I'd say that if the laptop costs below $600 mark - then it might have chance. But something tells me that at $1600 it would find few followers.

        P.S. But you might expect rab

      • What about ps3 emulation?
      • by Ilgaz (86384)

        Toshiba/IBM guys should get some commit access to ffmpeg/x264/VLC and start working on enhancing the tools for Cell CPU. ffmpeg or x264 aren't "nerd things" anymore, they are used by every kind of user embedded in easily used products.

        Firefox became huge and everyone optimises for it or fix its code right? If I remember correct, the Download record was 10 million+... Look at VLC without any kind of record campaign, you will be amazed: http://www.videolan.org/vlc/ [videolan.org]

        It is 92 million right now and counting.

    • by LWATCDR (28044)

      I don't think that will be too much of an issue. My guess it will be used as a device like a GPU or DSP on a sound card.

      • by negRo_slim (636783) <mils_oRgen@hotmail.com> on Wednesday July 16, 2008 @03:10PM (#24217633)

        I don't think that will be too much of an issue. My guess it will be used as a device like a GPU or DSP on a sound card.

        And we all know how easy it is to add hardware acceleration for products from major vendors like Creative, Nvidia, AMD... The architectures these companies have produced have far greater market penetration then Toshiba could dream to see and yet there isn't across the board support for such common devices. Not many are going to be coding for a piece of hardware only one manufacture is producing. Unless this thing is seen in rigs across the board and/or it demonstrates a highly tangible benefit it simply won't be supported by the fast majority of software.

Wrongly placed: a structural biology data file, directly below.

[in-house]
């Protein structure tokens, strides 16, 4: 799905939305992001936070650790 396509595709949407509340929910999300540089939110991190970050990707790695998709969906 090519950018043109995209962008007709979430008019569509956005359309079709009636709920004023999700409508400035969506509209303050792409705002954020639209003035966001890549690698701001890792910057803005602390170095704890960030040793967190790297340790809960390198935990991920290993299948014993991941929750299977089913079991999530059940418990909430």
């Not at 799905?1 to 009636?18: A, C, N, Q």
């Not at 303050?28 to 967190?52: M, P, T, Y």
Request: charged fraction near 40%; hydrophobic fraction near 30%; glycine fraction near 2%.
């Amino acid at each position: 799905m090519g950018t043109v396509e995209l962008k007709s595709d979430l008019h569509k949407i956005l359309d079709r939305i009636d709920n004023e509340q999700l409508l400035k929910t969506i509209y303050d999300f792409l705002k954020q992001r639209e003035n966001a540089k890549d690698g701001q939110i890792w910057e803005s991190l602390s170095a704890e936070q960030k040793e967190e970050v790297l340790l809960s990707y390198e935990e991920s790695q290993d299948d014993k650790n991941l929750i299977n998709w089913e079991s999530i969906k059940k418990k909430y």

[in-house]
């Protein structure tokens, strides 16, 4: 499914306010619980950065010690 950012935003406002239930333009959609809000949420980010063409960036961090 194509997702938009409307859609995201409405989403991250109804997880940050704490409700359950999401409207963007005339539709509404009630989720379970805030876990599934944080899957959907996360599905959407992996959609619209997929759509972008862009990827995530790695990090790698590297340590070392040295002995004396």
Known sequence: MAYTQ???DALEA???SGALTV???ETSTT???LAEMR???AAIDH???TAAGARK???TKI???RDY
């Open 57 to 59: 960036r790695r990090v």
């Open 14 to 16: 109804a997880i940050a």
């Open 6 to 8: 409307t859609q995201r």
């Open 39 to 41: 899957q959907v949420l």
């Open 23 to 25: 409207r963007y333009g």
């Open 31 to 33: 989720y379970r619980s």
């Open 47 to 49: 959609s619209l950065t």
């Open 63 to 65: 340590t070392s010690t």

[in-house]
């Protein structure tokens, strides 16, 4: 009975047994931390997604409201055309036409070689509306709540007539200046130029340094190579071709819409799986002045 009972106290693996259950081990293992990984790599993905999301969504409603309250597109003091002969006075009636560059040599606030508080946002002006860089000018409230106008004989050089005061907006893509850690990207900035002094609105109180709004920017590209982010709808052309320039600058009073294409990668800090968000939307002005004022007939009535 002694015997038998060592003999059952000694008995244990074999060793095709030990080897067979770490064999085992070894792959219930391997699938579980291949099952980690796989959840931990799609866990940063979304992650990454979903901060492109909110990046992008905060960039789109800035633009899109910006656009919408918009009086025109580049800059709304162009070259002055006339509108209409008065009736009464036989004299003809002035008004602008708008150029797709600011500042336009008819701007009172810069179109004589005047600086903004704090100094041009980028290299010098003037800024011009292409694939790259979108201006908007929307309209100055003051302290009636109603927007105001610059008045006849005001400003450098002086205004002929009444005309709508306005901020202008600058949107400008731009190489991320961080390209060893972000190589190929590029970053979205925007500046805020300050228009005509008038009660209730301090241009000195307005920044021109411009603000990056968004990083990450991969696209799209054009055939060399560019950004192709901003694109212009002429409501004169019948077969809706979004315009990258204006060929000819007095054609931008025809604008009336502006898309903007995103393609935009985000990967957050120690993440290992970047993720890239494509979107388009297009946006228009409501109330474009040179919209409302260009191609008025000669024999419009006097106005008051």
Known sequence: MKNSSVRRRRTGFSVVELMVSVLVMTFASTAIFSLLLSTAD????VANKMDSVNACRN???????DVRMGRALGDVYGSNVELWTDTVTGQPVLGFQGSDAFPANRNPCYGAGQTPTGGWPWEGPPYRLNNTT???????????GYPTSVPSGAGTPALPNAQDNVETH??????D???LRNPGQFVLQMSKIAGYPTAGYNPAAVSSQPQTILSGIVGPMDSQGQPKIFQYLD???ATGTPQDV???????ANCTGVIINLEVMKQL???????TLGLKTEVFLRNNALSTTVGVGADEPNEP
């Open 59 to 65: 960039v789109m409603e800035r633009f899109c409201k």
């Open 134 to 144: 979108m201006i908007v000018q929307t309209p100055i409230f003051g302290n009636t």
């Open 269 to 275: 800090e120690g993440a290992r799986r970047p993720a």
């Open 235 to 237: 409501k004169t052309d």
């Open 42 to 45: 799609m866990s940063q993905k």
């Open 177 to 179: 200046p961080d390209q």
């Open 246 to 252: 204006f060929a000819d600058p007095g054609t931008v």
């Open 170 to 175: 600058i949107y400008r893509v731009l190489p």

• I've been thinking about porting a CFD code to PS3, but this would be interesting. There's been at least one company making Cell add-in cards but they have been prohibitively expensive.

      It's kind of like using your GPU for fast math. No wait, the exact same thing :)
  • by ALecs (118703) on Wednesday July 16, 2008 @02:53PM (#24217289) Homepage
    According to the article (and hinted by the summary), the thing has an ordinary Intel Core2Duo CPU. I'm assuming the cell is the "Toshiba quad code HD Processor" mentioned in the article. So it's a co-processor, then. My best guess it it's a 4-SPU cell processor without the PowerPC core. Weird...
    • by crabbz (986605) on Wednesday July 16, 2008 @02:55PM (#24217347)
      Yes, it isn't a Cell, it is Toshiba's Spurs Engine [wikipedia.org] with 4 SPEs and no PPE.
      • Re: (Score:3, Interesting)

        by ALecs (118703)